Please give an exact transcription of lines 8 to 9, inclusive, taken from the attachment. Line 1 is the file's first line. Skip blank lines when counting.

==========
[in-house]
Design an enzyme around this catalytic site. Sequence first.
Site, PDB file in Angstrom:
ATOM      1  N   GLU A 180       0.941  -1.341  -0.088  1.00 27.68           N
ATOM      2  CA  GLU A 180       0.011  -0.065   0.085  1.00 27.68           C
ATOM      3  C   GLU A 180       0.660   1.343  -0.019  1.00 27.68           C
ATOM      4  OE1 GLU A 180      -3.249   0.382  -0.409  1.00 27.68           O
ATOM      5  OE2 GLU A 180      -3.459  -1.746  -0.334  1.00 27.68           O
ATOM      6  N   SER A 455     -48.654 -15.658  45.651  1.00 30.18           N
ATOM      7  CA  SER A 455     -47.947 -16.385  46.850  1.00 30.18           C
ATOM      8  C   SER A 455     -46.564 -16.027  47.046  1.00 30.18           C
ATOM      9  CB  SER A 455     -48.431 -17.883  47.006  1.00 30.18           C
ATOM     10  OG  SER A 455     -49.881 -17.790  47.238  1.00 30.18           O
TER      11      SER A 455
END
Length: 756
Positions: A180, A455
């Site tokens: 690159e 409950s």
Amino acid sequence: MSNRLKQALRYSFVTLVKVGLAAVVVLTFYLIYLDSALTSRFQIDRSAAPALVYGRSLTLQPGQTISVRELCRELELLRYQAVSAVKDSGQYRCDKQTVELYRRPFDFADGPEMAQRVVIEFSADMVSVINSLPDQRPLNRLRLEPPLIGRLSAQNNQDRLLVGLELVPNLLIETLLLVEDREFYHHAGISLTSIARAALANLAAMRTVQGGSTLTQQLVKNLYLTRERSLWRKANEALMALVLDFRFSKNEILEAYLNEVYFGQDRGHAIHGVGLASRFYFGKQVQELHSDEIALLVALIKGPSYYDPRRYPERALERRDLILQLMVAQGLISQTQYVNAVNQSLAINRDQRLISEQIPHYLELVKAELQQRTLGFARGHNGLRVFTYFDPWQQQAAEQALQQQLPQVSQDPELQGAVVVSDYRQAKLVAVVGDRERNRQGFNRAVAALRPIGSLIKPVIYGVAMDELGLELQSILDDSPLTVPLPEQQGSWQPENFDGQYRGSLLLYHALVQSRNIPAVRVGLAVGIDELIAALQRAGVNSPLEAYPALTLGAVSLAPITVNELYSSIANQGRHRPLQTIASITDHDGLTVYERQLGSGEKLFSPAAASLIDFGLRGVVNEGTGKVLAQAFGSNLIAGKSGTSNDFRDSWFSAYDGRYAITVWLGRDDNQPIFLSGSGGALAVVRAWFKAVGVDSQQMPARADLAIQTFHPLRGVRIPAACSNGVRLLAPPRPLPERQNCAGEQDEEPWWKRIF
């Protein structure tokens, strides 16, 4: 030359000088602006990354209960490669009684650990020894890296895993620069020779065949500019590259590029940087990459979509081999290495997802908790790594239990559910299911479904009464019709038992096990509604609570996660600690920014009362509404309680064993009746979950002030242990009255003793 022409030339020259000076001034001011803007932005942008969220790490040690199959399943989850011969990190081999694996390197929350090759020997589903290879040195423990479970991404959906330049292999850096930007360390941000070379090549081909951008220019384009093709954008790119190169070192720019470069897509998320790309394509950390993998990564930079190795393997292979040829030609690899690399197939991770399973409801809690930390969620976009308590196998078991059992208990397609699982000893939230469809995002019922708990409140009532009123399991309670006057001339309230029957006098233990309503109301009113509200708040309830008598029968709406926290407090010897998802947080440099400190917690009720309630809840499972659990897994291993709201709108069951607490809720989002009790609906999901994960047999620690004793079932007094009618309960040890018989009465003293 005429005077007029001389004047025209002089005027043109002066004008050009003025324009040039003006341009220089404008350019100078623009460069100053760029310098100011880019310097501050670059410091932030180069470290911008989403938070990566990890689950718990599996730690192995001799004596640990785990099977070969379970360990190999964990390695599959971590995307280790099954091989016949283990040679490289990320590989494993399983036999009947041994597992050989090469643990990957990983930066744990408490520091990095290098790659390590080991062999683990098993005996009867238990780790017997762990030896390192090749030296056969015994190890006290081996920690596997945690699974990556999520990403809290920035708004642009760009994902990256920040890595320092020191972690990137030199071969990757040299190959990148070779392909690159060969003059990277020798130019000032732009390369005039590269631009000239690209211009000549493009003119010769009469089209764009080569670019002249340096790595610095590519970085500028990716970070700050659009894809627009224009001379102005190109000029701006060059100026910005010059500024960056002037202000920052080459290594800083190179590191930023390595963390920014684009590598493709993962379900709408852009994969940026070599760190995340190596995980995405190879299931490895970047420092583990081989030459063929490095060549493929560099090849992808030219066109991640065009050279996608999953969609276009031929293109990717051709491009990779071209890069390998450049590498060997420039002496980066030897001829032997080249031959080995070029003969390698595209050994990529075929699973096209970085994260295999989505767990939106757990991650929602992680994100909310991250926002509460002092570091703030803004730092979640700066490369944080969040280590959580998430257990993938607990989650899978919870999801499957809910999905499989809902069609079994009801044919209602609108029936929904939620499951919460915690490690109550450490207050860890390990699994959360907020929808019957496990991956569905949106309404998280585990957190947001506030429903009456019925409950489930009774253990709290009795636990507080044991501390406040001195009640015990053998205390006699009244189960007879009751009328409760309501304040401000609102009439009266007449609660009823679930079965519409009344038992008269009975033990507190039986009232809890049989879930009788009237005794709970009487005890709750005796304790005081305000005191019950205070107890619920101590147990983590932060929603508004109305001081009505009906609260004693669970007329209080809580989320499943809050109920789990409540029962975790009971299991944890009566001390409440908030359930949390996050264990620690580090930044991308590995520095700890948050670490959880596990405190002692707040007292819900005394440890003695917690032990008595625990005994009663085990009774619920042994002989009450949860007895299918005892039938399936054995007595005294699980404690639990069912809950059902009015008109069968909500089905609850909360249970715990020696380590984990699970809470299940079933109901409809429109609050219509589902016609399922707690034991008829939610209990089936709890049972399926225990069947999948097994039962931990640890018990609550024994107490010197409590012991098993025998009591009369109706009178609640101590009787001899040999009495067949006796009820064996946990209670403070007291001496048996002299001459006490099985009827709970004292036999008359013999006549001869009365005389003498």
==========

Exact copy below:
ATOM      5  OE2 GLU A 180      -3.459  -1.746  -0.334  1.00 27.68           O
ATOM      6  N   SER A 455     -48.654 -15.658  45.651  1.00 30.18           N